Wednesday, December 31, 2014


I recently did some of the tests on They ask you a number of questions to get at how much you care about certain foundational moral values: Harm, Fairness, Loyalty, Authority, and Purity. On the "Moral Foundations Questionnaire" I came out very close to the average among political liberals for caring about not causing harm, for valuing fairness, and for not believing authority has inherent value. I was in between the conservative and liberal averages on valuing loyalty, and I seem to really dislike things I find disgusting--even though I don't very actively seek to constrain society (or my friends) to my particular standard of purity on the things asked about in the questions. These numbers were fairly predictable to me, except for how much I seem to value purity (really more a weak stomach when it comes to things I find disgusting). But there was a second, shorter questionnaire that just asked you outright to rate how much you care about different moral values relative to other people. To judge by my self-reporting on "What is your moral decision type?, one would imagine that I care less about moral values than the average person--let alone people with truly strong moral sensitivities. However, I don't think people who know me would evaluate me as a weakly moral, apathetic, or middle of the road person. So what's going on?

It's a simple case of awareness of personal bias. I'm not imagining, here, that I can correct for my personal bias, but in answering the "moral decision type" questions, knowing that somebody has to be average and that few people are at the extremes, I tried to think of the group of people I really know and regularly associate with. In most cases, I figured my moral sensibilities were average or just barely one side of average. Looking at the aggregate results, most people don't feel that way. Once again, most people rate themselves as significantly above or below average, depending on the trait and whether they feel above or below is admirable or not. Consequently, my self evaluation placed me as much more "average" than the average self-evaluation, and closer to my values from the "Moral Foundations Questionnaire" than the average self-evaluation. But I didn't get all that close.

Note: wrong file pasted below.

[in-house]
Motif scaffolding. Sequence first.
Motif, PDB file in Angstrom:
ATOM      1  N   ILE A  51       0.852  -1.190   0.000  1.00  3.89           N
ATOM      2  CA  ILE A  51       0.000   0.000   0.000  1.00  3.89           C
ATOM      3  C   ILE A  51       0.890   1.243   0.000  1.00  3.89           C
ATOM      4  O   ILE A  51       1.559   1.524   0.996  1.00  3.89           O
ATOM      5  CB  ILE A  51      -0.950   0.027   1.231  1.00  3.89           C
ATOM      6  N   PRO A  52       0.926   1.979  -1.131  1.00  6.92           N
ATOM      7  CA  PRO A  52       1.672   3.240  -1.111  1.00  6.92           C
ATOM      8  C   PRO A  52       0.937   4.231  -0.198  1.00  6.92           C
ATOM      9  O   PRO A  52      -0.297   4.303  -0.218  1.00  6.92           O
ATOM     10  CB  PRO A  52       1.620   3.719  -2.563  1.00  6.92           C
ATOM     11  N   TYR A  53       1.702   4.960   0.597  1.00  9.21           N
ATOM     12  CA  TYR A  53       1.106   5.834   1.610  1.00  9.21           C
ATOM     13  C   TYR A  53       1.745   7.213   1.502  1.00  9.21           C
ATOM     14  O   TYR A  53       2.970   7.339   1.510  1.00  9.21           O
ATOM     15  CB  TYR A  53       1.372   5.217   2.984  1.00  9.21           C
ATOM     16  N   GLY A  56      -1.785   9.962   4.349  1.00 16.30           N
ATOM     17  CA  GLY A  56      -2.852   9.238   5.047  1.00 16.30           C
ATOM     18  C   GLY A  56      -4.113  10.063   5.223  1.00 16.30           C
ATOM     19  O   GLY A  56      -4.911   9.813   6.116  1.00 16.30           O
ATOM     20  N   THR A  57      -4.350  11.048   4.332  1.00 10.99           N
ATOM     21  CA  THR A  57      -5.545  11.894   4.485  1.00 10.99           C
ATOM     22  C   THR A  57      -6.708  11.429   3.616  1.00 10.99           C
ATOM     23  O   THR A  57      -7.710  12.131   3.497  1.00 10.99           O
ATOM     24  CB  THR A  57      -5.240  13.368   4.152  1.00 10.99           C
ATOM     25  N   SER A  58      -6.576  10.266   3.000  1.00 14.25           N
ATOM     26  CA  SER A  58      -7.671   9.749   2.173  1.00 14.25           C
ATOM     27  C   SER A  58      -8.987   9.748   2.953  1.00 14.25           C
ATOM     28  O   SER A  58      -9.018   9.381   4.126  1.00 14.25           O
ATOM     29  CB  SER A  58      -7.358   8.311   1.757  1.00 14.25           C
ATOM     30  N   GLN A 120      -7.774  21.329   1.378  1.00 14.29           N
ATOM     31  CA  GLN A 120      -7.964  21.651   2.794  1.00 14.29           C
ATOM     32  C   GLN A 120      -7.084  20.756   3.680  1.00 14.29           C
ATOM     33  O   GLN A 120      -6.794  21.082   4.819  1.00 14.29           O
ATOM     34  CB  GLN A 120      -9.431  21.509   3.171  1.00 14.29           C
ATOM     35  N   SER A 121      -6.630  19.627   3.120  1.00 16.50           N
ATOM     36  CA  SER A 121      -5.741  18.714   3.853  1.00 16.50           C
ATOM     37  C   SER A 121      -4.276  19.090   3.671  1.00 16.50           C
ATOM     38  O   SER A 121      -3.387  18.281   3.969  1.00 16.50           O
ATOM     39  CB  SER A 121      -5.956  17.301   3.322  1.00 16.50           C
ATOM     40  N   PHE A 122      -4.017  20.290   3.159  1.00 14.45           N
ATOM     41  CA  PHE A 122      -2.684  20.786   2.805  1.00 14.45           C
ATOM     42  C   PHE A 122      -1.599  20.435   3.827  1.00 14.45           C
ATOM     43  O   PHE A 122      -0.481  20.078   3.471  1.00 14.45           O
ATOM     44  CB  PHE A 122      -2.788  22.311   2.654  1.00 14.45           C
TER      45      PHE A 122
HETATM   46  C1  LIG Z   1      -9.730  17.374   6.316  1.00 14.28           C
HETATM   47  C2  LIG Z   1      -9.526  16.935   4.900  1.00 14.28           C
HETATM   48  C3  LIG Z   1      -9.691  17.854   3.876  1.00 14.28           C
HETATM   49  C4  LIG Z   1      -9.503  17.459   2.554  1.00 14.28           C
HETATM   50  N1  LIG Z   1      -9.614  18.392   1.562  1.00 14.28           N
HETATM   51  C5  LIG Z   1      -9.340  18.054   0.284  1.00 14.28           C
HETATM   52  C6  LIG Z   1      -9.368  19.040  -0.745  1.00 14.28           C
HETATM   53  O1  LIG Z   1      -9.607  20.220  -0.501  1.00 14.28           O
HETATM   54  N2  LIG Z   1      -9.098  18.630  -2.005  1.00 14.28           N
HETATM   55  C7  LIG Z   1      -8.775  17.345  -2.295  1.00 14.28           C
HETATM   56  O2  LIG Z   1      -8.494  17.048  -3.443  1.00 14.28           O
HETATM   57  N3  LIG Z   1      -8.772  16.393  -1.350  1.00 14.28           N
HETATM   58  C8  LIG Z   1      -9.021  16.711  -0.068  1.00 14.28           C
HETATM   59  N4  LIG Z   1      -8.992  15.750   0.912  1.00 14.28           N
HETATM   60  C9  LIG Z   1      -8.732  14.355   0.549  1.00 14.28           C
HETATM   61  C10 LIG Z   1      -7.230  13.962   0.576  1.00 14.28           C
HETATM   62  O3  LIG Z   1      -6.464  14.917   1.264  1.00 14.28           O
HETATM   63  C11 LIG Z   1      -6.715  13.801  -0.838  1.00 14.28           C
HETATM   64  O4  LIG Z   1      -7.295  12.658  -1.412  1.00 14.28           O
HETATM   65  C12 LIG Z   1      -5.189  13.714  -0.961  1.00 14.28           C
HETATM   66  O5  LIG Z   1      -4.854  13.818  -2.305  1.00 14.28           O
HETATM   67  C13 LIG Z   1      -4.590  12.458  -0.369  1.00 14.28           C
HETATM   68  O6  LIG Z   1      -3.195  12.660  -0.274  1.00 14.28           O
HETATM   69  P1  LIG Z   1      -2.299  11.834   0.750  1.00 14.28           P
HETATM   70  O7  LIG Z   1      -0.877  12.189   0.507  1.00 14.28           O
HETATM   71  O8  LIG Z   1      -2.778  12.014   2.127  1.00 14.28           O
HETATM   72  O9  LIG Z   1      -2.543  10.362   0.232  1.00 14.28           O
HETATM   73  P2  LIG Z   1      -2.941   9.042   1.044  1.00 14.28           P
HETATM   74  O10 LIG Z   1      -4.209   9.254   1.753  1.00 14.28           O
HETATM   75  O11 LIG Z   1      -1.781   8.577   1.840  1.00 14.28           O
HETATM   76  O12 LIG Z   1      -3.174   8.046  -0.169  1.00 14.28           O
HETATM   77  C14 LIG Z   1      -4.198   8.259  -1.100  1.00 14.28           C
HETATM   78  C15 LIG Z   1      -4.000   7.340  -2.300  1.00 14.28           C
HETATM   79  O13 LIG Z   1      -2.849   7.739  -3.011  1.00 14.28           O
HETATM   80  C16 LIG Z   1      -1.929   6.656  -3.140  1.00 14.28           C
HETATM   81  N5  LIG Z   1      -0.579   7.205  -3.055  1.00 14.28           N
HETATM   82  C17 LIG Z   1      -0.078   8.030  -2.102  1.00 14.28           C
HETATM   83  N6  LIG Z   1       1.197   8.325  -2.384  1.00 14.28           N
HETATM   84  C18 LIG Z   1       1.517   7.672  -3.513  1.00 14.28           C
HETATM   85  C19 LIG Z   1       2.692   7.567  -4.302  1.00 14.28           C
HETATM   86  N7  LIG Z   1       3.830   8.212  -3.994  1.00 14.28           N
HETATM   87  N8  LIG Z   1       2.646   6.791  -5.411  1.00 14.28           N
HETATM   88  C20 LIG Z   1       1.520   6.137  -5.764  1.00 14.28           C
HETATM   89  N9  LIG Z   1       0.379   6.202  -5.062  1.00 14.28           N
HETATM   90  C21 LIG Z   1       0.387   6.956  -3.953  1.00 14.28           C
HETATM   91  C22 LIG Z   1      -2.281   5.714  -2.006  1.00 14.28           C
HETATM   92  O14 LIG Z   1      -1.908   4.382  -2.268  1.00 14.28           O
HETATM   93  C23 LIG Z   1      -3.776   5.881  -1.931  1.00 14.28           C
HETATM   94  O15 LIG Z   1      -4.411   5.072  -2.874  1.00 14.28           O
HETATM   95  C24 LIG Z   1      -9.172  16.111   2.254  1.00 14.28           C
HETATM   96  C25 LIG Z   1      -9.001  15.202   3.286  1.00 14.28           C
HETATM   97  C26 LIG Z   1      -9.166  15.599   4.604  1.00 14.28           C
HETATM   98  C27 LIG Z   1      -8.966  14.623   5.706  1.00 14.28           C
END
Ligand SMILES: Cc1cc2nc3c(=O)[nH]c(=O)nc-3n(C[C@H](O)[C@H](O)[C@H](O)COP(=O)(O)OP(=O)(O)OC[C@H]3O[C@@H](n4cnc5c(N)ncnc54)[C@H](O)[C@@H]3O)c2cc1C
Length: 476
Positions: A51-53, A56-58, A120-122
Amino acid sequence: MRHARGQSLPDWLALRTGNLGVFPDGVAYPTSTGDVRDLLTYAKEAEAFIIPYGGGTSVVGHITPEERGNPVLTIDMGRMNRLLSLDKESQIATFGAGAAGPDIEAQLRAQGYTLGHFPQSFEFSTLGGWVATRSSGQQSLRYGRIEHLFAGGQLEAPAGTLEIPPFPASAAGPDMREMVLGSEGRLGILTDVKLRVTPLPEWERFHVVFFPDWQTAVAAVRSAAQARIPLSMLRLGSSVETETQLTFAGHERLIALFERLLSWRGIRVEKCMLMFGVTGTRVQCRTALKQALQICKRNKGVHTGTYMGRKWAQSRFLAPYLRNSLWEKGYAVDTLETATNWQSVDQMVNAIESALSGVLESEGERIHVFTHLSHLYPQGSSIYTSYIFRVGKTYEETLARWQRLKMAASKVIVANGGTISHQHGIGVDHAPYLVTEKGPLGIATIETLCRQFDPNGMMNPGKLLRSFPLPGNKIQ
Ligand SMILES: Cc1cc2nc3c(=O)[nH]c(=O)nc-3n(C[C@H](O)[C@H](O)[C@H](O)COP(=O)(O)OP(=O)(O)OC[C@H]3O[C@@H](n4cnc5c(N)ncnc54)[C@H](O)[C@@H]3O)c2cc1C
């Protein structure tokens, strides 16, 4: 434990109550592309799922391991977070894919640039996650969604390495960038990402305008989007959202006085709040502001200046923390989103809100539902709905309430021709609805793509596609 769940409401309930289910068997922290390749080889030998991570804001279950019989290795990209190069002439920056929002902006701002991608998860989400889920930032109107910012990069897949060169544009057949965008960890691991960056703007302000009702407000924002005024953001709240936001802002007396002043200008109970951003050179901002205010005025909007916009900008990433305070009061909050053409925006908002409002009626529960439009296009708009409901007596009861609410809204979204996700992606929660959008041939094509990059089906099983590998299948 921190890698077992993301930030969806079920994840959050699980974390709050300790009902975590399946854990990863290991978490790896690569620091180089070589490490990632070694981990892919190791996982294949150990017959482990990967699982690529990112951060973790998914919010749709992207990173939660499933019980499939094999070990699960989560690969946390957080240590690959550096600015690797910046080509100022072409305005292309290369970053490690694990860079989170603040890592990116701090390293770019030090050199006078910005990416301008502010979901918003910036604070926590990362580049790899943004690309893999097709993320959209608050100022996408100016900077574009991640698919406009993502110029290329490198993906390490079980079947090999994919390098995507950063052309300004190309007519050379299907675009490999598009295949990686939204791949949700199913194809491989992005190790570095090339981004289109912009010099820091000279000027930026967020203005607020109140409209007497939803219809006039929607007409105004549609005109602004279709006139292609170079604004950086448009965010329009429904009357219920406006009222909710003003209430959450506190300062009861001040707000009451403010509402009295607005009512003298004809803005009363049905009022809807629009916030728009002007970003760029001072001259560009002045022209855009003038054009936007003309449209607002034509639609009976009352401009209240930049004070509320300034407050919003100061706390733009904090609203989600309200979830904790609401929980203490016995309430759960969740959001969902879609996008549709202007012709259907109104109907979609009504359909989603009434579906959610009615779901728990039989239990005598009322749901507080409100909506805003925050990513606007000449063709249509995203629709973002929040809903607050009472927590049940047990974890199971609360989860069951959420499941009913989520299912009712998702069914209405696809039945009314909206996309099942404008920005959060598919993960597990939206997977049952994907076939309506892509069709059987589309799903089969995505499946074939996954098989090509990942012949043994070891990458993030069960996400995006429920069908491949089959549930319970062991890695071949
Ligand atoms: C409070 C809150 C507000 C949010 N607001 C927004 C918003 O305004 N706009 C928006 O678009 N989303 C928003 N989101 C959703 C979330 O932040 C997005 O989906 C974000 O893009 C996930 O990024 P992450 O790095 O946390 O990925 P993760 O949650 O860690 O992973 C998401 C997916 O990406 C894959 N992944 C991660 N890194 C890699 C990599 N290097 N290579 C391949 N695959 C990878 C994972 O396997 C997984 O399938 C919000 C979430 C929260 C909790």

Another test I did was the "Implicit Happiness" test. I rated my life as fairly satisfying, and as having met many of my hopes and aspirations. This placed me noticeably above the average self-evaluation for life satisfaction, but I know that I feel sad and depressed quite a lot. After taking the Implicit Happiness test, it showed me as noticeably below average on personal happiness. Again, I wasn't surprised. My unhappiness is in the way my brain and body work, not in an unfulfilling life. Maybe I'll be able to modify the brain chemistry with time and tools like meditation, but I haven't succeeded yet.

I tell these stories just as a personal reminder of how poor we are at statistical evaluations. Sometimes we get it about right, sometimes we are way off, and sometimes we aren't asking the right questions. That brings me to my most recent difficulty with evaluations. I've started writing letters of recommendation for students. It is clear to me that average recommendations don't get people into programs, even if an average applicant (the poor applicants have typically been weeded or self-selected out) is amply deserving of entrance, and likely to do very well. I also want to save room at the top for recommending the occasional, truly exceptional student. So I get these questionnaires, and they ask me to rank students in the top 5%, next 10%, next 20%, etc. on various attributes. It's a terrible method, but there may not be a better one. Top X% among what group? All students at my school? All biology majors? Biology majors that are likely to apply for the program? All human beings? So my emotions tell me, this student is a bit above average for my classes. He or she is determined, consistent, conscientious, and will make a good doctor, pharmacist, dentist, or whatever if he or she receives the proper training. I have no doubt I would prefer my student in these positions over some professionals I have met in the same field, or at least not less. So I inflate the numbers a little. I sit here wishing all of us recommenders had better developed statistical intuition, because I feel like I'm bending the truth, but the reality is, I'm making what I know to be an approximately accurate adjustment for the poor statistical intuition of the majority of recommenders. I'm not claiming more than I can justify. I'm not sending unprepared students places they don't belong, but I am using statistical intuition to ignore statistics and acknowledge the human biases of recommenders and evaluators. If my student has the same GPA and other quantifiables as another, I'm not going to doom his or her application by giving an above average rating when I can feel OK about an excellent. I won't call him "outstanding" or her "top of the class" if they aren't, but I won't hold back on honest praise.

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